#1
F C G D A E B

Sharps to the left, and flats to the right. So if we know D has two sharps, then we look at the line here. F# and C# are the sharps in the key of D.


I was reading through the theory lesson on this website, and i cant seem to understand how this works.

how do you arrive at the conclusion that the D major scale as F# and C# in it?

thanks for any help
#2
On the CoF, the notes go C G D as you move clickwise from the top. D is the key with 2 sharps (since is is "two keys" after C). You take your chart and sharpen the first two notes.

As an exercise, please tell me which notes are sharp in B major.

Edit: Prime.
Last edited by bangoodcharlote at Jul 1, 2008,
#3
huh i never knew all that mumbo jumbo, i always just used it when i was writing and got stuck for notes haha
#4
Quote by F'ingguitarnoob
huh i never knew all that mumbo jumbo, i always just used it when i was writing and got stuck for notes haha
Useful post...

*Reported* for spam.
#5
F C G D A would be sharp in B major?

that was using the co5 if my thoery book, for some reason the c05 in the toery column in your signiture has the notes going the opposite way around?
#6
Quote by griffRG7321
F C G D A would be sharp in B major?
Yes.

Try it with flat keys. Which notes are flat in Eb major?

Bonus Question: Which notes are flat in G minor?

Quote by griffRG7321
that was using the co5 if my thoery book, for some reason the c05 in the toery column in your signiture has the notes going the opposite way around?
The CoF in my sig is backwards and wrong. I'm in the process of fixing it.
#7
Well, according to tetrachords, the next scale (counting from the natural one, aka C major) is G. Now, in Cmaj the distance between F and G is a whole step, yet, for G to be major the distance between F and G has to be half-step (according to WWhWWh), so F is sharpened (can't sharpen G since it is the root of the scale). This happens with all major scales with sharps, the 7th degree is sharpened (in flats the one flattened is the 4th).
Now, using tetrachords again, the next major scale counting from Gmaj is Dmaj (up a fifth), and using the 7th thing, the alteration is the 7th degree, aka C. But, since tetrachords means the last four notes of the G scale remain as the first four of the next one (Dmaj), then the F#also has to be in Dmaj, meaning the alterations in D are C# and F#.
The F C G D A E B method comes from this apparently, because since the scales go up in fifths, and the alterations are done to the 7th degree of each scale, the alterations also go up in fifths, and is more useful to use (along with CoF, which simplifies tetrachords in the chart by just making the scales go up a fifth or down a fifth (or fourth of the previous scale, etc)) than this whole method I used...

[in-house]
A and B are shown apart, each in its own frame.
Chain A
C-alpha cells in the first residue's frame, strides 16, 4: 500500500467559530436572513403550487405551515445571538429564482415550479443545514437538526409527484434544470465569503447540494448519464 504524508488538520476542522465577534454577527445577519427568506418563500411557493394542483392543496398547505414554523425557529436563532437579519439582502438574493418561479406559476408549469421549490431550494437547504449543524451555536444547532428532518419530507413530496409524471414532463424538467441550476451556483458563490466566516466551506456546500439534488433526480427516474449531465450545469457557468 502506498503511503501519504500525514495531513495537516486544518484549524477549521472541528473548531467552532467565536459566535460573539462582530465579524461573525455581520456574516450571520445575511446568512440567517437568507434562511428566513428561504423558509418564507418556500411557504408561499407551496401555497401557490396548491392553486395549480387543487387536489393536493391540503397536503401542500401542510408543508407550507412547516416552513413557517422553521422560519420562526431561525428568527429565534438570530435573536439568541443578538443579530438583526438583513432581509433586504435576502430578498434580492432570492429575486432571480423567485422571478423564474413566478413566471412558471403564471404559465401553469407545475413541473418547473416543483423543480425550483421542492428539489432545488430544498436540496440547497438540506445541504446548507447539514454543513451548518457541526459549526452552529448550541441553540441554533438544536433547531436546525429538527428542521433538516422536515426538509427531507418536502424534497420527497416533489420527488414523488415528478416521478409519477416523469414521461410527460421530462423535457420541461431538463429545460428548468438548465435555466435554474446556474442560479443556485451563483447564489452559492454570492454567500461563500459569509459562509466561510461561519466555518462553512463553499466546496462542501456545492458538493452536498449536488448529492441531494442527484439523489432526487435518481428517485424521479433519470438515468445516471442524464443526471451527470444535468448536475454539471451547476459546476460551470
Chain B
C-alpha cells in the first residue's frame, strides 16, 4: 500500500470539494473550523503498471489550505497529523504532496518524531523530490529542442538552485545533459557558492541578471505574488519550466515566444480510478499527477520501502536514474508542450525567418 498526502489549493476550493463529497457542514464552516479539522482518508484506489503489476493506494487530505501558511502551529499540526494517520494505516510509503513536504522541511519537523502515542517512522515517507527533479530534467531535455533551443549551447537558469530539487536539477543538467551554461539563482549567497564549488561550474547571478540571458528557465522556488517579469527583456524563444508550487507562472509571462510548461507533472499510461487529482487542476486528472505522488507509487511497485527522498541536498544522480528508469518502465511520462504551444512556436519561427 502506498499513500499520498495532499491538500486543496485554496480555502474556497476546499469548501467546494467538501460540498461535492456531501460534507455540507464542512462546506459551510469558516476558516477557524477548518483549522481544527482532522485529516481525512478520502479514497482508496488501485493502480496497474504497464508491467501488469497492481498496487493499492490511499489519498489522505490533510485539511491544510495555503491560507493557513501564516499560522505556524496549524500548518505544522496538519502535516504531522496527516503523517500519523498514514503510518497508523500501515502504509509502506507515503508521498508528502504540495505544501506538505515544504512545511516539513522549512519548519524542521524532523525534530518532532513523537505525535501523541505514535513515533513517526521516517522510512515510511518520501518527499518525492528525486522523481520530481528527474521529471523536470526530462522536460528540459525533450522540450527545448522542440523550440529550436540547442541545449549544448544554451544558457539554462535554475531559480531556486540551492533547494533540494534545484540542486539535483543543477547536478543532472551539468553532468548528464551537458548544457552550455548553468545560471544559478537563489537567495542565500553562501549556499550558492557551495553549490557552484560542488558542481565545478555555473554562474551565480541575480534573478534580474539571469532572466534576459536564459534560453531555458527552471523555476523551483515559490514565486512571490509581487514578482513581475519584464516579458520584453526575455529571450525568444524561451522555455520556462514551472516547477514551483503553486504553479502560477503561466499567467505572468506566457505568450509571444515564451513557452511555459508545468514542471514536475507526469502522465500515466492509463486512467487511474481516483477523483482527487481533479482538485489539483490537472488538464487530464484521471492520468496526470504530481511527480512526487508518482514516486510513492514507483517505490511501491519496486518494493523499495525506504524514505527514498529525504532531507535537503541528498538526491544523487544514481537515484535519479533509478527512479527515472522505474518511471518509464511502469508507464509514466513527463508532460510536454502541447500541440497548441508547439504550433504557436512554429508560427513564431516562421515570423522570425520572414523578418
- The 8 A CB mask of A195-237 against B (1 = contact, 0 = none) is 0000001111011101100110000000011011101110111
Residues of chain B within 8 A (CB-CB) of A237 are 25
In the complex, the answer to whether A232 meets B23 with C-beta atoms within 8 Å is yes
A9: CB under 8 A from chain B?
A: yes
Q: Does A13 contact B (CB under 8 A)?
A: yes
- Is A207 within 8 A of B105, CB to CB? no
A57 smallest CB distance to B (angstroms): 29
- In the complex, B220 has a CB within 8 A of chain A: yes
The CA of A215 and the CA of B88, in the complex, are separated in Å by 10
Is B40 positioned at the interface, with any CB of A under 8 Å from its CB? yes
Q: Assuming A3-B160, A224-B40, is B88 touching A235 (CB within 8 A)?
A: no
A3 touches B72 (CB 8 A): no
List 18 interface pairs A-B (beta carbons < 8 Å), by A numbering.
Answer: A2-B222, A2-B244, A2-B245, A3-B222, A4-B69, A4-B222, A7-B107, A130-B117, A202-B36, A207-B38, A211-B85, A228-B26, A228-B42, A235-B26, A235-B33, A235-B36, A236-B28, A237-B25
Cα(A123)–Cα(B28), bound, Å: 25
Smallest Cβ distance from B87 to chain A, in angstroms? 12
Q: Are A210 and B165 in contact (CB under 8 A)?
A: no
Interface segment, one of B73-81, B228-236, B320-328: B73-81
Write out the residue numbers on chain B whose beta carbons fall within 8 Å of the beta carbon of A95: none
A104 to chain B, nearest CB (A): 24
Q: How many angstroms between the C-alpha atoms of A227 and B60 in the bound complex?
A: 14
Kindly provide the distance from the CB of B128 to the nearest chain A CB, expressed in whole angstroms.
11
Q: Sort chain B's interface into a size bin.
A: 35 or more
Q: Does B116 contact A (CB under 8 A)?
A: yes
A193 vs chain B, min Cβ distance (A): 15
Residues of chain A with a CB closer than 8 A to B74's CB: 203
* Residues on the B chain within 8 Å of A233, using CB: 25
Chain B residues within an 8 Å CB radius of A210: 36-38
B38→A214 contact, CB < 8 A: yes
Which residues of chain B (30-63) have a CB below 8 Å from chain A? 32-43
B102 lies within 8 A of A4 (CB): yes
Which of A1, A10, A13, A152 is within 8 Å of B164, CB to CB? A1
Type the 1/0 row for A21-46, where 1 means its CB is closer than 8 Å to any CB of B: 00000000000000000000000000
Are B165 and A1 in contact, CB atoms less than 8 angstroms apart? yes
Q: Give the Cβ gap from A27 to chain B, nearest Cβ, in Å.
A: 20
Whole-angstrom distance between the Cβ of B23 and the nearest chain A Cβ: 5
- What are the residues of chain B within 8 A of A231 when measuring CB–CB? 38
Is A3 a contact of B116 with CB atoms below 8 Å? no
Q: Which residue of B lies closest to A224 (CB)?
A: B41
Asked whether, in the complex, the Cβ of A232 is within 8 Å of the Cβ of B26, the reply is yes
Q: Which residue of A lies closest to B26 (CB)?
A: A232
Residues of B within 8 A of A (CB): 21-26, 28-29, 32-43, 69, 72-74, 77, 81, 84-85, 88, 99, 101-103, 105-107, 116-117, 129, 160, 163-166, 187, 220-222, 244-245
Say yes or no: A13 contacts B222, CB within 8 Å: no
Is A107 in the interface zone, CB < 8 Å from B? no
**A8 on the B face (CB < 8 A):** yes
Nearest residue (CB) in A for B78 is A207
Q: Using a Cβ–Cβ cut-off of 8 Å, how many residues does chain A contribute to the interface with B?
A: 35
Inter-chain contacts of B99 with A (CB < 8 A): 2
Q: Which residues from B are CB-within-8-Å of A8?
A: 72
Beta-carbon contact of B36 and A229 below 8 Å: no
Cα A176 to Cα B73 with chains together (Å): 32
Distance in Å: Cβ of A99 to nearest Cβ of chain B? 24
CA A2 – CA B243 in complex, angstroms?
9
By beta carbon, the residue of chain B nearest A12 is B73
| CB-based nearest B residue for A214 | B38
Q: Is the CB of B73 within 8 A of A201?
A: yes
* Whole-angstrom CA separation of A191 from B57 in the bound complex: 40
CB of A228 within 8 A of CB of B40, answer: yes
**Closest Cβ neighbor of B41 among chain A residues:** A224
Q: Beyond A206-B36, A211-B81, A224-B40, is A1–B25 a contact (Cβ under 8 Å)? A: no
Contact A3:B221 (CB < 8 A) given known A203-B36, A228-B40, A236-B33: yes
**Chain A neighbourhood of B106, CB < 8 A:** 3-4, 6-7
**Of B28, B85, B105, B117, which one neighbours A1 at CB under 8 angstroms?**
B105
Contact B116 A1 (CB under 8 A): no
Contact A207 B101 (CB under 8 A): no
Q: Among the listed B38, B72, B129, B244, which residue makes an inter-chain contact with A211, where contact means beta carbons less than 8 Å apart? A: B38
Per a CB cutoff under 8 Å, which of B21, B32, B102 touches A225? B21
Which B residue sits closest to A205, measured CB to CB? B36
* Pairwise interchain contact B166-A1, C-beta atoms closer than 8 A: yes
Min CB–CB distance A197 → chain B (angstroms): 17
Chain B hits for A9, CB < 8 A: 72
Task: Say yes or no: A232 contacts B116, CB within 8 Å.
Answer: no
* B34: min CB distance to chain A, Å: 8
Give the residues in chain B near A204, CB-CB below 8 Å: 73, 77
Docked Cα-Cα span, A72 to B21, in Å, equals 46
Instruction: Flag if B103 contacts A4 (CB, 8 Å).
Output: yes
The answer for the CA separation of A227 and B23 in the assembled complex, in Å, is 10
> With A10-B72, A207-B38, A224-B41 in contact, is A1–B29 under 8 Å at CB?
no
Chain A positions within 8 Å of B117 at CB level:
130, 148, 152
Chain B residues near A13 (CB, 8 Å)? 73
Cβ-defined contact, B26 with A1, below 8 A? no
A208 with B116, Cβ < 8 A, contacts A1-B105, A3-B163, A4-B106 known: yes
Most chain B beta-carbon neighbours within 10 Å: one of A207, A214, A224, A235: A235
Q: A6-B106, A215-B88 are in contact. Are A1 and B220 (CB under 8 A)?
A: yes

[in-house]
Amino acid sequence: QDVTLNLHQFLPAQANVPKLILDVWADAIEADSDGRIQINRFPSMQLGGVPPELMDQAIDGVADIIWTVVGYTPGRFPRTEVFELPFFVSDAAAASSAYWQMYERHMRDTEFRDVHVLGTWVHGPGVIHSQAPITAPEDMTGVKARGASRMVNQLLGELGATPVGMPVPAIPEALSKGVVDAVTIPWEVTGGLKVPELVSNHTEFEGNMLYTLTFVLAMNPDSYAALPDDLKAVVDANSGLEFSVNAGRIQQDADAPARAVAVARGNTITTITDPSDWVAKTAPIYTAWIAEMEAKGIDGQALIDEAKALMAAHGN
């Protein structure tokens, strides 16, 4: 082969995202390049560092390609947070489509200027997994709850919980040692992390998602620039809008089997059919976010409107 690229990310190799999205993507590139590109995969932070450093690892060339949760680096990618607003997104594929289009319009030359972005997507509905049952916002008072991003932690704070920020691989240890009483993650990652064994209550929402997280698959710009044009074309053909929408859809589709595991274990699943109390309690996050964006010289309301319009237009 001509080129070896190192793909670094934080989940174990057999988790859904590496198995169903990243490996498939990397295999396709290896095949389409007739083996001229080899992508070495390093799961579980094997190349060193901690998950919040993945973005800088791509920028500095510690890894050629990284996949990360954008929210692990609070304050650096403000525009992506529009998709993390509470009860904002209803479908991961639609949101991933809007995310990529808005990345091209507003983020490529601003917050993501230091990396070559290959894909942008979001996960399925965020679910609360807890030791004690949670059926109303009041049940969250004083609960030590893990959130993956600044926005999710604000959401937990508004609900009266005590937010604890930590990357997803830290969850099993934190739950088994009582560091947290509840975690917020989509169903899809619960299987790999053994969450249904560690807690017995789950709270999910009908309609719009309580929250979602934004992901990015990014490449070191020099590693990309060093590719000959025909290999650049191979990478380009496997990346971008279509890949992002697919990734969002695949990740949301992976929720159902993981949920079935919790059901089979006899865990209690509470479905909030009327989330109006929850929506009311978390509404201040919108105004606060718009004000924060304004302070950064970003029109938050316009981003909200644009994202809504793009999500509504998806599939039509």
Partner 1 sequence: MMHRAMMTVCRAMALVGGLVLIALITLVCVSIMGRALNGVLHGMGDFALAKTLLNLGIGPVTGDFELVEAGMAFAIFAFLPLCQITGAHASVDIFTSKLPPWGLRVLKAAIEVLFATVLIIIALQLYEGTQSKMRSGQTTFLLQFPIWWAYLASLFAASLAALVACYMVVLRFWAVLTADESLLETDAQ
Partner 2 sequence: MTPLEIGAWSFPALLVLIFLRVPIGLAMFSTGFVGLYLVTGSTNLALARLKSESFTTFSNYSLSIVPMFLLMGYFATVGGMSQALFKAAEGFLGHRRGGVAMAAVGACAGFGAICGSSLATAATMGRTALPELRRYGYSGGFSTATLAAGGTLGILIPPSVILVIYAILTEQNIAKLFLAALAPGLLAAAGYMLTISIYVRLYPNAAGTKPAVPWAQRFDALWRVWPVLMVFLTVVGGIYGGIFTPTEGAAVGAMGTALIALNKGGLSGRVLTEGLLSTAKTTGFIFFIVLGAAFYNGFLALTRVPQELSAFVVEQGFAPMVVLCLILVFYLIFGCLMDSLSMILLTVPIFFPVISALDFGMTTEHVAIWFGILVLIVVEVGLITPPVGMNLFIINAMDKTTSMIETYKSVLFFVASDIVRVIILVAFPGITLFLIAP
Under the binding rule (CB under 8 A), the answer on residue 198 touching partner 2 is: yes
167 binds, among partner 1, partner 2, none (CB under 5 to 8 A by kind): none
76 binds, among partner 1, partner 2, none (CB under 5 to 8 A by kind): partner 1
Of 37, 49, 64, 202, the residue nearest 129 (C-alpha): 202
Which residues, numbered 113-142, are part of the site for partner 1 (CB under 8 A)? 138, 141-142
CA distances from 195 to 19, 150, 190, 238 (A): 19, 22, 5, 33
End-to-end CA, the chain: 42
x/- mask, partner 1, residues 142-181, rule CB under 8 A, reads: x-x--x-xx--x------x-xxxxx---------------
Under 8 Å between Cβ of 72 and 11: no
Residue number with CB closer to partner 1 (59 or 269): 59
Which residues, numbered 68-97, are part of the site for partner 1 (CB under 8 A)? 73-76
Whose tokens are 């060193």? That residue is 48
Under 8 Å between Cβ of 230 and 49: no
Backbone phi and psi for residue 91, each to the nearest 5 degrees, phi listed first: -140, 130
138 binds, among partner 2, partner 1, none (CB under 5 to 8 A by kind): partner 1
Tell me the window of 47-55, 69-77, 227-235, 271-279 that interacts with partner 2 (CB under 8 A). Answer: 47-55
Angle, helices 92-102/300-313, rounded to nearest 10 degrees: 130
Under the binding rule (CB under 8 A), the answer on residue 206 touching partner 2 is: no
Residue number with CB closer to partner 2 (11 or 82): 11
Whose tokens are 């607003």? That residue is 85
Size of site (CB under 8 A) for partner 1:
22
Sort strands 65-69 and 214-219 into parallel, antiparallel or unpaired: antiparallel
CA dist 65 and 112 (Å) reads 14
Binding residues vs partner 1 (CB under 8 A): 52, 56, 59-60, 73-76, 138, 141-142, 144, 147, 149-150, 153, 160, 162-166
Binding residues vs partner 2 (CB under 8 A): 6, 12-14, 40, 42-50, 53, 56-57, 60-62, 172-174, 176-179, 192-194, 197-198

I don't know if I explained it correctly, so ask....
#8
Quote by bangoodcharlote
Yes.

Try it with flat keys. Which notes are flat in Eb major?

Bonus Question: Which notes are flat in G minor?

The CoF in my sig is backwards and wrong. I'm in the process of fixing it.


Eb major would be Fb Cb Gb

and G minor would be Fb and Cb? i'm not quite sure with that, i took G minor as the relative minor of Bb major.

you've really been a great help thanks
#9
Quote by griffRG7321
i took G minor as the relative minor of Bb major.
This is correct, but I'm afraid the rest is wrong.

The order of flats is B E A D G C F. With this information, please answer the question again.

Also, what are the sharp notes in C# minor?


Edit: Prime (WTF? F and B aren't even next to each other on the keyboard!)
Last edited by bangoodcharlote at Jul 1, 2008,
#10
D is the key with 2 sharps (since is is "two keys" after C)

The order of flats is B E A D G C F.

Fixed
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#11
Quote by bangoodcharlote
This is correct, but I'm afraid the rest is wrong.

The order of flats is B E A D G C F. With this information, please answer the question again.

Also, what are the sharp notes in C# minor?


Eb major would be Bb Eb Ab

C# minor =relative minor of E major so it would be F# C# G# and D#

..hopefully

is there another way to work out the minors apart from knowing the major scale it is relative to?
#12
I have a question, which method is more useful:the Circle of Fifths, or the other one (taking the last alteration in the key signature and taking it up one degree to find the degree of the scale which has sharp alterations, etc, can't remember the name)?
#13
Quote by griffRG7321
is there another way to work out the minors apart from knowing the major scale it is relative to?
You could just memorize the notes in the common minor scales. That happens when you play a lot anyway.

You're correct on the key signatures, but where's Gm?
#14
Quote by bangoodcharlote
You could just memorize the notes in the common minor scales. That happens when you play a lot anyway.

You're correct on the key signatures, but where's Gm?


sorry here it is

Bb Eb

thanks for all the help

you should be a moderator
#15
Quote by bangoodcharlote


The CoF in my sig is backwards and wrong. I'm in the process of fixing it.


Isn't it just the circle of 4ths? which would still be CoF...
#16
Quote by Stolen Identity
Isn't it just the circle of 4ths? which would still be CoF...
Yes, "fifths" and "fourths" both start with the same letter.

Writing the CoF backwards is stupid because everyone else in the world learns that sharps are in the clockwise direction. The whole idea of having these standardized conventions is that they're standard.
#18
If I may help at all, I'm still learning some of this stuff, and I write a lot of it down. I remember I was writing out the major keys, starting with C, and then I would take the fifth and write out its major scale.

I II III IV V VI VII
C D E F G A B
G A B C D E F#
D E F#G A B C#

I remember after I did it the first time, I said to myself "The circle of fifths, it's quite obviously a square..."

Nonetheless, I learned a great deal from it.